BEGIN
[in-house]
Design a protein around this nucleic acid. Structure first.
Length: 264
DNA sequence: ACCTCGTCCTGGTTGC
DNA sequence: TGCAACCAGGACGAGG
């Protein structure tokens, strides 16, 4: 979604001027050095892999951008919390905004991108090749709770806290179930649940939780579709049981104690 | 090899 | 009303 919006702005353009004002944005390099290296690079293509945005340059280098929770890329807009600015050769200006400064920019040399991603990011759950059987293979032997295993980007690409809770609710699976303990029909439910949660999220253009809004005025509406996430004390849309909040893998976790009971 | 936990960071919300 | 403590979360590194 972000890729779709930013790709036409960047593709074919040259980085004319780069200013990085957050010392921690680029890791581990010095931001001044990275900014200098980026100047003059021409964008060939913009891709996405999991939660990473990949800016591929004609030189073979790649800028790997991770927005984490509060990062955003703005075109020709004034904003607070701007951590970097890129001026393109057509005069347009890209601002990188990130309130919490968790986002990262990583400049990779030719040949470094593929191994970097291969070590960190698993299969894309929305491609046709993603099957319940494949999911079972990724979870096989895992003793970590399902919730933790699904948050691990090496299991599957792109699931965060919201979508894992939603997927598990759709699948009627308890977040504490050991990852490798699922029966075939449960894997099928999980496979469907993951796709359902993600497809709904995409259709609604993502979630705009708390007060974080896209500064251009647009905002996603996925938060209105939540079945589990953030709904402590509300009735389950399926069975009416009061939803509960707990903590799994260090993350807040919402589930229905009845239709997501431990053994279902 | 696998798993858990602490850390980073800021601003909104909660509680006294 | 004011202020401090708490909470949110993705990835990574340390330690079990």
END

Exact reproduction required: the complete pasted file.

[in-house]
Design a protein around this nucleic acid. Structure first.
Length: 264
DNA sequence: ACCTCGTCCTGGTTGC
DNA sequence: TGCAACCAGGACGAGG
């Protein structure tokens, strides 16, 4: 979604001027050095892999951008919390905004991108090749709770806290179930649940939780579709049981104690 | 090899 | 009303 919006702005353009004002944005390099290296690079293509945005340059280098929770890329807009600015050769200006400064920019040399991603990011759950059987293979032997295993980007690409809770609710699976303990029909439910949660999220253009809004005025509406996430004390849309909040893998976790009971 | 936990960071919300 | 403590979360590194 972000890729779709930013790709036409960047593709074919040259980085004319780069200013990085957050010392921690680029890791581990010095931001001044990275900014200098980026100047003059021409964008060939913009891709996405999991939660990473990949800016591929004609030189073979790649800028790997991770927005984490509060990062955003703005075109020709004034904003607070701007951590970097890129001026393109057509005069347009890209601002990188990130309130919490968790986002990262990583400049990779030719040949470094593929191994970097291969070590960190698993299969894309929305491609046709993603099957319940494949999911079972990724979870096989895992003793970590399902919730933790699904948050691990090496299991599957792109699931965060919201979508894992939603997927598990759709699948009627308890977040504490050991990852490798699922029966075939449960894997099928999980496979469907993951796709359902993600497809709904995409259709609604993502979630705009708390007060974080896209500064251009647009905002996603996925938060209105939540079945589990953030709904402590509300009735389950399926069975009416009061939803509960707990903590799994260090993350807040919402589930229905009845239709997501431990053994279902 | 696998798993858990602490850390980073800021601003909104909660509680006294 | 004011202020401090708490909470949110993705990835990574340390330690079990």